Asian stocks fell the most in three weeks as Chinese manufacturing growth slowed, and Thailand’s baht dropped amid unrest. Oil and copper gained as inventories fell, while gold rose after the worst annual loss since 1981.
The MSCI Asia Pacific excluding Japan Index slipped 0.5 percent at 6:22 a.m. in London, the most since Dec. 12, as Thai and South Korean share gauges fell more than 2 percent. Bullion for immediate delivery jumped 1.7 percent after slumping 28 percent in 2013 and copper climbed to the highest in almost seven months. The baht dropped for a record 11th day. West Texas Intermediate for February delivery rose 0.3 percent.
Nations from Germany to the U.S. issue manufacturing gauges today, after the official Chinese index dropped more than estimated in December. Demand for gold as a preserver of wealth collapsed last year as the global economy showed signs of improving and inflation remained contained even amid central bank stimulus. An industry report showed oil supplies in the U.S., the world’s biggest consumer, fell by 5.67 million barrels last week.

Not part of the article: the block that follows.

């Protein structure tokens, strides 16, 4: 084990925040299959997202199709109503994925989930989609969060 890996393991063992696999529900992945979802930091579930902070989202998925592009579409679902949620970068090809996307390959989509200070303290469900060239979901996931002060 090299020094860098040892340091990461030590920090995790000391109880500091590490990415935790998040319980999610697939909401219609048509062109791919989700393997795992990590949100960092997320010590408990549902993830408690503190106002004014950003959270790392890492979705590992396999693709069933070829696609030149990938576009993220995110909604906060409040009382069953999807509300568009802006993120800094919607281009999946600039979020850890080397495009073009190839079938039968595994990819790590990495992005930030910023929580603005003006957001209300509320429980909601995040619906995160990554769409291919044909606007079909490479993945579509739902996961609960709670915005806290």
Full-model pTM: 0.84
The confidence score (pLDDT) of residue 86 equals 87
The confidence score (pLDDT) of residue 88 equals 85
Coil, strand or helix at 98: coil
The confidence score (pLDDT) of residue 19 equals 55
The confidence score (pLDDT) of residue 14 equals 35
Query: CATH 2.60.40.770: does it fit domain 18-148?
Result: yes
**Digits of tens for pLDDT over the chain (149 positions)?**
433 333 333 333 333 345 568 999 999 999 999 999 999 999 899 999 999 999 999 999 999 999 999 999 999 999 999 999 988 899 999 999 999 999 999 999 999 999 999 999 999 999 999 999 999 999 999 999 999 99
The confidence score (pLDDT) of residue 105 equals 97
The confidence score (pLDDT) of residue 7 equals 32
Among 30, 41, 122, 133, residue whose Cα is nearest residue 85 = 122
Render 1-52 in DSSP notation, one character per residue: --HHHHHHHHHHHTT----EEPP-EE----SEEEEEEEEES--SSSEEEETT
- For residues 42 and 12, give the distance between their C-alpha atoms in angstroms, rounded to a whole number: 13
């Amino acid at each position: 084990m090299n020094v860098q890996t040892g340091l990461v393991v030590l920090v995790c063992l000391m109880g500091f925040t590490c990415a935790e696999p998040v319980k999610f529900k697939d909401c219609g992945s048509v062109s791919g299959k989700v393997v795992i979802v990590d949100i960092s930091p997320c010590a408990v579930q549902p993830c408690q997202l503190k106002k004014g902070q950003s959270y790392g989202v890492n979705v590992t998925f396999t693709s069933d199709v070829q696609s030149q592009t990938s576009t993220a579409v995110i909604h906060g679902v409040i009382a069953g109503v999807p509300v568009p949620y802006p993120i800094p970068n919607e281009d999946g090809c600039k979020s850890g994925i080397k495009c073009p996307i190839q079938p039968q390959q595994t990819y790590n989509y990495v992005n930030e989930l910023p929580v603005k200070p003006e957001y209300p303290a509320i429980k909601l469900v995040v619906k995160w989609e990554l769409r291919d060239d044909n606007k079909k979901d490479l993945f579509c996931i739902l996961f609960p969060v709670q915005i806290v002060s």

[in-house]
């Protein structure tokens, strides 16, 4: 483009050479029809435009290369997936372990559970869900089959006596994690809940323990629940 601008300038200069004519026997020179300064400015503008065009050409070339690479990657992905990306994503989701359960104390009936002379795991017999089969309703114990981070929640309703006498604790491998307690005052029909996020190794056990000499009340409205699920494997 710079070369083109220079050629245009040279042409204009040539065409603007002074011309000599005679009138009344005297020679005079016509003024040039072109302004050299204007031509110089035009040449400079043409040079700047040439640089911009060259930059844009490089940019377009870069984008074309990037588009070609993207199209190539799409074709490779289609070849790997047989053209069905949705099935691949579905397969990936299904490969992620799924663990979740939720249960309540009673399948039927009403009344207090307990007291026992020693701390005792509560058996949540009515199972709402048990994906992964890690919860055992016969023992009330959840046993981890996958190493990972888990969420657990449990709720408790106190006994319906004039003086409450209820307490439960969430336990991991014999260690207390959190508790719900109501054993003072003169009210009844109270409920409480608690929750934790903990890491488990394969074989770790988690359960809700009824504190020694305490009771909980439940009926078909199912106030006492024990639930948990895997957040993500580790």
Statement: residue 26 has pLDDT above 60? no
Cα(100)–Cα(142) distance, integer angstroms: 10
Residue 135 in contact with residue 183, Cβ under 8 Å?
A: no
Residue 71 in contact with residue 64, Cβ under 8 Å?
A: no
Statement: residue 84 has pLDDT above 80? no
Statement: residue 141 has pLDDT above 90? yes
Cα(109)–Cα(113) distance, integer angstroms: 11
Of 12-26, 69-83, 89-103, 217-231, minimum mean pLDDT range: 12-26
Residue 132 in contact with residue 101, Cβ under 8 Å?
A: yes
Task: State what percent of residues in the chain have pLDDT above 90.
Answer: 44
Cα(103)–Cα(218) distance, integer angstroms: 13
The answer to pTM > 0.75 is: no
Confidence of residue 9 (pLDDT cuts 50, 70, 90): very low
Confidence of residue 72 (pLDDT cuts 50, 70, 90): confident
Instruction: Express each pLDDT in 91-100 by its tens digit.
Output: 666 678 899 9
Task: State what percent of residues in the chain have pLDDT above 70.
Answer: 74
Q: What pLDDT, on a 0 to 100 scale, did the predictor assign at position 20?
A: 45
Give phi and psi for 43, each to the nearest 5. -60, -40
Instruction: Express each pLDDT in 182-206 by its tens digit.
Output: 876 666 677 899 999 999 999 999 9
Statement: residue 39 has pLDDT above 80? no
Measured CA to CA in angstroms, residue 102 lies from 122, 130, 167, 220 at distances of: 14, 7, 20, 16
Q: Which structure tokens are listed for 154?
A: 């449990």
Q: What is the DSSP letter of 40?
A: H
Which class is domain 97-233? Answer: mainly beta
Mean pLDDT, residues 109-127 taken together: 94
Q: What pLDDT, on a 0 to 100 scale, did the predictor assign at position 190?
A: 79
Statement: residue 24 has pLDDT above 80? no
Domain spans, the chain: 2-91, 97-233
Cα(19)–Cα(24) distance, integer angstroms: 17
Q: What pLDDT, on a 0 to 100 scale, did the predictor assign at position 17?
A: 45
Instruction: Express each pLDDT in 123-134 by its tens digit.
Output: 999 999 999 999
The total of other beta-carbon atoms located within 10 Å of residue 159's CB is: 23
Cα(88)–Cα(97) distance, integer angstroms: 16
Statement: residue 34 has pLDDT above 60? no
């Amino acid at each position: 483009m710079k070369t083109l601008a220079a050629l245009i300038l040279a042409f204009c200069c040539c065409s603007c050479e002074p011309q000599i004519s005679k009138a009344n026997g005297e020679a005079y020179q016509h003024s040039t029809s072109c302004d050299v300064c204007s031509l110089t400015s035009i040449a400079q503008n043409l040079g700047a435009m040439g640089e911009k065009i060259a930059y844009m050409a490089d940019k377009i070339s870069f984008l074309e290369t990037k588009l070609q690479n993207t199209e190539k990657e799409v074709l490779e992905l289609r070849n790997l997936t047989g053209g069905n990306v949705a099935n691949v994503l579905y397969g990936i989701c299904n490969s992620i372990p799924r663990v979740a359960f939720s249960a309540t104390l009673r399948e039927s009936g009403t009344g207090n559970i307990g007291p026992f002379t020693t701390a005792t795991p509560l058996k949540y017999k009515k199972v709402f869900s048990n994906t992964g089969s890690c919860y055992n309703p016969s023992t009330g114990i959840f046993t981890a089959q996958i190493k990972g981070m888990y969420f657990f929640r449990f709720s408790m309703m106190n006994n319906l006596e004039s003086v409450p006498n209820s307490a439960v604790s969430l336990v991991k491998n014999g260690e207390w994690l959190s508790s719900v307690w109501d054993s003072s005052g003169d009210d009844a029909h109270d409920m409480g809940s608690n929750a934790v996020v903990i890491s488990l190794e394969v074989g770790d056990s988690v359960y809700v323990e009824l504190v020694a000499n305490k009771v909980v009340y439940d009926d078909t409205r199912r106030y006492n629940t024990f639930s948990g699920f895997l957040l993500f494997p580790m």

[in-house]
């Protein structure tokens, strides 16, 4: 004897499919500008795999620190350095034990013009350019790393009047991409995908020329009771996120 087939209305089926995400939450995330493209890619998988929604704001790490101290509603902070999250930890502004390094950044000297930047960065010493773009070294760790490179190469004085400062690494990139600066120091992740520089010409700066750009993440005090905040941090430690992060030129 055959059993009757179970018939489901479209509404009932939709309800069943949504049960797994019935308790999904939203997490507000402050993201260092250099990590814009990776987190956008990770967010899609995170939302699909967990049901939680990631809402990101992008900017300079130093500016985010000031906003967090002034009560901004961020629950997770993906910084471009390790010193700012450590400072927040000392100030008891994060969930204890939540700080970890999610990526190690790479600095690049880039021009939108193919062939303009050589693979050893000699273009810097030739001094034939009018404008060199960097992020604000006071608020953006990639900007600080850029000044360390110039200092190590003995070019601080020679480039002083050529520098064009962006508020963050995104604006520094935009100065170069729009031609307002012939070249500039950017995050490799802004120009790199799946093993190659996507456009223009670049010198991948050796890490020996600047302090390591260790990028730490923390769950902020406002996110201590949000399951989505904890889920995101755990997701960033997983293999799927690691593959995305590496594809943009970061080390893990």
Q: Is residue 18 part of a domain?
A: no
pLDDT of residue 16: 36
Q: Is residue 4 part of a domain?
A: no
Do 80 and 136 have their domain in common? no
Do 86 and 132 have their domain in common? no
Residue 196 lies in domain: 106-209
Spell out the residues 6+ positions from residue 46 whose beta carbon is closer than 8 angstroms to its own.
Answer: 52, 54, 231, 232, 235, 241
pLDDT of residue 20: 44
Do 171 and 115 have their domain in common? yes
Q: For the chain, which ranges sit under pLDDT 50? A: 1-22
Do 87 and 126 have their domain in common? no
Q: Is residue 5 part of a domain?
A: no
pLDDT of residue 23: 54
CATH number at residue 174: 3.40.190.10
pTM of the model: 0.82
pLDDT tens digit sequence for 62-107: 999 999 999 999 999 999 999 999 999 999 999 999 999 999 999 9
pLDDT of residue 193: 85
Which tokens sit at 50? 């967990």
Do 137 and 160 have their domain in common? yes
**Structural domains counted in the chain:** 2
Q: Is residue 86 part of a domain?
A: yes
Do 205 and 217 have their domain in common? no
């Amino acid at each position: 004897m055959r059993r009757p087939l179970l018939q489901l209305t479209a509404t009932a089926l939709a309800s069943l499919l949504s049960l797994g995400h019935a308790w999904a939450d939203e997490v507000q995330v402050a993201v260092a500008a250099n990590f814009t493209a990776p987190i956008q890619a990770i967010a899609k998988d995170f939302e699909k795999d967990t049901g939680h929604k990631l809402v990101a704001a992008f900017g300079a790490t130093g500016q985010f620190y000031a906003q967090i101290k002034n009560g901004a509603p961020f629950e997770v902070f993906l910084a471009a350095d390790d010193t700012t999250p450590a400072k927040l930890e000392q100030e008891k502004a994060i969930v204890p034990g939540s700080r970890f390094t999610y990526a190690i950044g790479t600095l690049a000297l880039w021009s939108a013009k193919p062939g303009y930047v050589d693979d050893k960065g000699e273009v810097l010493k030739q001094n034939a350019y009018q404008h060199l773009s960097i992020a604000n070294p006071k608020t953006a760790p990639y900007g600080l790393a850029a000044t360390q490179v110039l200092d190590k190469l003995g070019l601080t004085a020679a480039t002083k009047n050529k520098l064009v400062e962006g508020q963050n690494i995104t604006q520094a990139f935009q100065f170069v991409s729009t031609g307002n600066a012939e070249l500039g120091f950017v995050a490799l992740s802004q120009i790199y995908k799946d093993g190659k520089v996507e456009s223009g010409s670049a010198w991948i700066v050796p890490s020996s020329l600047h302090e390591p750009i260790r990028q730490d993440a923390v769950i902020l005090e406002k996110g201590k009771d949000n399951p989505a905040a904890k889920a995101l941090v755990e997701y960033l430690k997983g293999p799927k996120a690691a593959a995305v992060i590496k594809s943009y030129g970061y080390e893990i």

This article is for general information purposes only. It is not investment advice or a solution to buy or sell securities. Opinions are the authors; not necessarily that of OANDA Corporation or any of its affiliates, subsidiaries, officers or directors. Leveraged trading is high risk and not suitable for all. You could lose all of your deposited funds.